Ex-BSP official: Diverting public funds to Maharlika means higher taxes, more loans

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Metro Manila (CNN Philippines, May 31) — The government will have to compensate for the public money that will be put into the proposed Maharlika Investment Fund, which could be in the form of higher taxes, a former Bangko Sentral ng Pilipinas (BSP) official said Wednesday.

“Under the one single fund concept, whatever public money is earmarked for the Maharlika Investment Fund and away from the national budget, the national government will have to compensate for that. And to be able to do that, the national government will have to borrow or to impose higher taxes or more taxes. There is no other way,” retired BSP Deputy Gov. Diwa Guinigundo he told CNN Philippines’ The Source.

The Senate early Wednesday morning approved on final reading the proposed Maharlika Investment Fund Act of 2023.

Under the Senate-approved version, part of the fund’s seed capital will come from the Landbank of the Philippines (₱50 billion) and the Development Bank of the Philippines (₱25 billion).

BSP dividends will also form part of the funding.

Guinigundo said the need for the government to fill in the gap will only worsen the financial problems of the country.

“Instead of addressing and mitigating the problems of high fiscal deficit and increasing level of public debt, this Maharlika Investment Fund may, in fact, worsen it,” he said.

Reducing public spending to compensate the lost allocation is a "no-no," Guinigundo noted.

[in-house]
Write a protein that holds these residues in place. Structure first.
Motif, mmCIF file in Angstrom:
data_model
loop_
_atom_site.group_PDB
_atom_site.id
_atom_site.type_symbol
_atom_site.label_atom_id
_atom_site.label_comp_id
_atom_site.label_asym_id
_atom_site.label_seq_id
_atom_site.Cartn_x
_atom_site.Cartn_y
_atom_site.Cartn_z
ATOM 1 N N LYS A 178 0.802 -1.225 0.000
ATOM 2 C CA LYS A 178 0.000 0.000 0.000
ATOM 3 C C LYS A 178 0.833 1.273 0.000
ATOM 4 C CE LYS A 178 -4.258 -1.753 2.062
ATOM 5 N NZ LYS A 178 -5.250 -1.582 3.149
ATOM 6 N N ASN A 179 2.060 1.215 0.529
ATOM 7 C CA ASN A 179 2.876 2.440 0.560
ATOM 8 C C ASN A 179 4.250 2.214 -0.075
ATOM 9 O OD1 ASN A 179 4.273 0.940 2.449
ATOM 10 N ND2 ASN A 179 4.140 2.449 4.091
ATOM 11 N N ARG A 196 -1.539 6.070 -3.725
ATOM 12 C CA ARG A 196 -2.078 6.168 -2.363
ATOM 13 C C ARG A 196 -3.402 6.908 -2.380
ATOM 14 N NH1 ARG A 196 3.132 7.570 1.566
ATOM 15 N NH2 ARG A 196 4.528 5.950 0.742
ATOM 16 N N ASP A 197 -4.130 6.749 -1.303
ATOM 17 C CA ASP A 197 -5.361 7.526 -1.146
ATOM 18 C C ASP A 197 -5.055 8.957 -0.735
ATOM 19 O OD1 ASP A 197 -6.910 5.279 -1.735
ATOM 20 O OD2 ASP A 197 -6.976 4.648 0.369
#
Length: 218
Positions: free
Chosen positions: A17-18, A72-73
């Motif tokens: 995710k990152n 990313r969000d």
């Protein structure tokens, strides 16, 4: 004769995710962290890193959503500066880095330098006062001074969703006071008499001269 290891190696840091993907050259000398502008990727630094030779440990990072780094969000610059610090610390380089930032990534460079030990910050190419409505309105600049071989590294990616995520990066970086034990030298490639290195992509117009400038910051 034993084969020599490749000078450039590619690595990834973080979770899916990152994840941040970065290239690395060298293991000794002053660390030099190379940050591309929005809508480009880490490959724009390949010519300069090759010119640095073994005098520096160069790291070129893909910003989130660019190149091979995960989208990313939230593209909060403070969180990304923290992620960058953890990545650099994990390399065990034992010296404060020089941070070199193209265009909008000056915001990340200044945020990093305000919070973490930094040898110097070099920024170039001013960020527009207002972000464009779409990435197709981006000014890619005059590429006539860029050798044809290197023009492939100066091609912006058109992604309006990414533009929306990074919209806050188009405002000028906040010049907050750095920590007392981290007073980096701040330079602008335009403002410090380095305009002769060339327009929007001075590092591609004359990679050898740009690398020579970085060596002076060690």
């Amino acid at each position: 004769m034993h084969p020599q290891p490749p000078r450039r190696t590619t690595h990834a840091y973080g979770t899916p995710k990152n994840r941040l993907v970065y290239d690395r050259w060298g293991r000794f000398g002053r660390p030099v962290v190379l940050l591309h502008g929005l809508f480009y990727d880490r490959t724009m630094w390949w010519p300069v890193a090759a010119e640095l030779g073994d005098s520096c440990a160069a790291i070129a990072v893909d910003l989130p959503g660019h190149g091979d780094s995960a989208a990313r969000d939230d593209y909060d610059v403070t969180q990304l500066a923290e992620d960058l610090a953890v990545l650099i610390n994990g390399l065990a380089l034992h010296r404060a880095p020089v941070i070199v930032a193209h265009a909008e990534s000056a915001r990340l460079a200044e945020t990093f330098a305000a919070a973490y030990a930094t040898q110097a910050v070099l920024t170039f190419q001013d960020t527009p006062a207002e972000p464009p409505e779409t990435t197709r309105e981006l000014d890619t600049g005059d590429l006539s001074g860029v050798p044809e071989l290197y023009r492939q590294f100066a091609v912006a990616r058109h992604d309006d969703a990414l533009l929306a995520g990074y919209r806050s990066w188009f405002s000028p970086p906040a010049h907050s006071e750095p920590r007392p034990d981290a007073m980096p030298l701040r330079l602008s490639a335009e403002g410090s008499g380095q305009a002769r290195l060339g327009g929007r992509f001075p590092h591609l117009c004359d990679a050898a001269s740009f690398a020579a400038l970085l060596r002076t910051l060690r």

"We want to make sure that public spending promotes economic growth so we don't want to cut back on our spending, especially on infrastructure and social services," he added.

Meanwhile, diverting the allocation of these funds would affect the budget for programs like infrastructure, and social and economic services like education and health facilities, he said.

Furthermore, the board of directors to be formed under the proposed measure will bypass the authority of the Congress when it comes to determining which projects will be prioritized under the national budget, he noted. Such an arrangement is not good in a democratic country, he added.

Guinigundo said he believes the passage of the Maharlika bill, which was earlier certified as urgent by President Ferdinand Marcos Jr., was ill-timed given the volatile economic situation domestically and globally.

“I think the timing is quite off," he said. “A Maharlika sovereign wealth fund will be good if we have surplus funds. The problem is we don’t have any, and the certification of this bill as urgent, I think, is also counterintuitive in the sense that, precisely, the global economy is more volatile and more uncertain.”

Citing the International Monetary Fund, Guinigundo said the current geopolitical situation is uncertain, volatile and fragmented.

He said money to be allocated to the Maharlika fund should instead be used to implement economic and social programs that will address the most pressing issues in the country, like poverty and inflation.

Following the bill's passage in the Senate, a bicameral conference will be held to finalize the amendments to the proposed measure before it is transmitted to Marcos for his signature.